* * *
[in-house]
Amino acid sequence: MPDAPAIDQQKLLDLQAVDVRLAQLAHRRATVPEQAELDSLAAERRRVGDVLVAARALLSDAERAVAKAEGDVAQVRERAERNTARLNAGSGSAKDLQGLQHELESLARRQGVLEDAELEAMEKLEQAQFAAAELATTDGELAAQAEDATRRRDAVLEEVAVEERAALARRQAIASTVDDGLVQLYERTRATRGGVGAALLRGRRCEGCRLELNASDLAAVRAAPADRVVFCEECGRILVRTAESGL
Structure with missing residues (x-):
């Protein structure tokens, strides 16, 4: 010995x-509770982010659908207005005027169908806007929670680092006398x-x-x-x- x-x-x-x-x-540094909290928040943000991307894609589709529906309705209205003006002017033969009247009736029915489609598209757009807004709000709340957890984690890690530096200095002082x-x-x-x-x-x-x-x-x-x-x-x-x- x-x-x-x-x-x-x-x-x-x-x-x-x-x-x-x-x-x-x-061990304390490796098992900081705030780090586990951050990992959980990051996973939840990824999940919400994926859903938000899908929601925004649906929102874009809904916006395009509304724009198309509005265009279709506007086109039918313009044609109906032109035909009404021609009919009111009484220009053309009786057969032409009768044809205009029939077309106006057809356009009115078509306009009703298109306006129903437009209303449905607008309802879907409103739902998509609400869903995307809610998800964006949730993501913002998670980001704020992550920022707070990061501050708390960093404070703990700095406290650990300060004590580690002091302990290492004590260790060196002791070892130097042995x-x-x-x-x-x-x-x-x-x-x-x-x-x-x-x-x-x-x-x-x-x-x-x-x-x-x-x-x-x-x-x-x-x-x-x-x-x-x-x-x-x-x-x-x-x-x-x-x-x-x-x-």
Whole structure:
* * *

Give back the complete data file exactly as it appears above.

[in-house]
Amino acid sequence: MPDAPAIDQQKLLDLQAVDVRLAQLAHRRATVPEQAELDSLAAERRRVGDVLVAARALLSDAERAVAKAEGDVAQVRERAERNTARLNAGSGSAKDLQGLQHELESLARRQGVLEDAELEAMEKLEQAQFAAAELATTDGELAAQAEDATRRRDAVLEEVAVEERAALARRQAIASTVDDGLVQLYERTRATRGGVGAALLRGRRCEGCRLELNASDLAAVRAAPADRVVFCEECGRILVRTAESGL
Structure with missing residues (x-):
């Protein structure tokens, strides 16, 4: 010995x-509770982010659908207005005027169908806007929670680092006398x-x-x-x- x-x-x-x-x-540094909290928040943000991307894609589709529906309705209205003006002017033969009247009736029915489609598209757009807004709000709340957890984690890690530096200095002082x-x-x-x-x-x-x-x-x-x-x-x-x- x-x-x-x-x-x-x-x-x-x-x-x-x-x-x-x-x-x-x-061990304390490796098992900081705030780090586990951050990992959980990051996973939840990824999940919400994926859903938000899908929601925004649906929102874009809904916006395009509304724009198309509005265009279709506007086109039918313009044609109906032109035909009404021609009919009111009484220009053309009786057969032409009768044809205009029939077309106006057809356009009115078509306009009703298109306006129903437009209303449905607008309802879907409103739902998509609400869903995307809610998800964006949730993501913002998670980001704020992550920022707070990061501050708390960093404070703990700095406290650990300060004590580690002091302990290492004590260790060196002791070892130097042995x-x-x-x-x-x-x-x-x-x-x-x-x-x-x-x-x-x-x-x-x-x-x-x-x-x-x-x-x-x-x-x-x-x-x-x-x-x-x-x-x-x-x-x-x-x-x-x-x-x-x-x-």
Whole structure: